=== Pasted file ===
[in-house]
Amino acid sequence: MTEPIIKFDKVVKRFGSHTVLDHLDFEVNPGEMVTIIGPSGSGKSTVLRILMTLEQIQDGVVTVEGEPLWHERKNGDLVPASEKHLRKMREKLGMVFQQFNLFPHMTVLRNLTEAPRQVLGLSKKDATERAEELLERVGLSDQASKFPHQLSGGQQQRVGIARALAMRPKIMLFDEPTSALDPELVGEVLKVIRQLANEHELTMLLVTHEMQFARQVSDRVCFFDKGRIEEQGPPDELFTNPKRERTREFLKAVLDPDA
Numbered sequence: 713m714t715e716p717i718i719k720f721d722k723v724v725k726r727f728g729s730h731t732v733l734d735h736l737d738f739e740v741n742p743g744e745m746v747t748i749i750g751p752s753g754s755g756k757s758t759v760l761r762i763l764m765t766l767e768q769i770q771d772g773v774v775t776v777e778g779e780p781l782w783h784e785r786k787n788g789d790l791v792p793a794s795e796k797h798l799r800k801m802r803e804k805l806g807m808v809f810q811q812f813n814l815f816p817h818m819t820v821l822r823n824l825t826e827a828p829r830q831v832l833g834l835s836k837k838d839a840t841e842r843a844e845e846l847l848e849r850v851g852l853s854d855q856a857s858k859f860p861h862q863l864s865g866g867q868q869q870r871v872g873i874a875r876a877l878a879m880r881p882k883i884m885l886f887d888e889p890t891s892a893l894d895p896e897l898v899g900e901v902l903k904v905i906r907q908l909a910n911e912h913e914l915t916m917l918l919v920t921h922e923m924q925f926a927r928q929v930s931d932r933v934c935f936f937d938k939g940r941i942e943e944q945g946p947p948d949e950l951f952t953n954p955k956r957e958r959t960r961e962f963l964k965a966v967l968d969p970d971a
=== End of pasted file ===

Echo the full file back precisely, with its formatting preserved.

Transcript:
[in-house]
Amino acid sequence: MTEPIIKFDKVVKRFGSHTVLDHLDFEVNPGEMVTIIGPSGSGKSTVLRILMTLEQIQDGVVTVEGEPLWHERKNGDLVPASEKHLRKMREKLGMVFQQFNLFPHMTVLRNLTEAPRQVLGLSKKDATERAEELLERVGLSDQASKFPHQLSGGQQQRVGIARALAMRPKIMLFDEPTSALDPELVGEVLKVIRQLANEHELTMLLVTHEMQFARQVSDRVCFFDKGRIEEQGPPDELFTNPKRERTREFLKAVLDPDA
Numbered sequence: 713m714t715e716p717i718i719k720f721d722k723v724v725k726r727f728g729s730h731t732v733l734d735h736l737d738f739e740v741n742p743g744e745m746v747t748i749i750g751p752s753g754s755g756k757s758t759v760l761r762i763l764m765t766l767e768q769i770q771d772g773v774v775t776v777e778g779e780p781l782w783h784e785r786k787n788g789d790l791v792p793a794s795e796k797h798l799r800k801m802r803e804k805l806g807m808v809f810q811q812f813n814l815f816p817h818m819t820v821l822r823n824l825t826e827a828p829r830q831v832l833g834l835s836k837k838d839a840t841e842r843a844e845e846l847l848e849r850v851g852l853s854d855q856a857s858k859f860p861h862q863l864s865g866g867q868q869q870r871v872g873i874a875r876a877l878a879m880r881p882k883i884m885l886f887d888e889p890t891s892a893l894d895p896e897l898v899g900e901v902l903k904v905i906r907q908l909a910n911e912h913e914l915t916m917l918l919v920t921h922e923m924q925f926a927r928q929v930s931d932r933v934c935f936f937d938k939g940r941i942e943e944q945g946p947p948d949e950l951f952t953n954p955k956r957e958r959t960r961e962f963l964k965a966v967l968d969p970d971a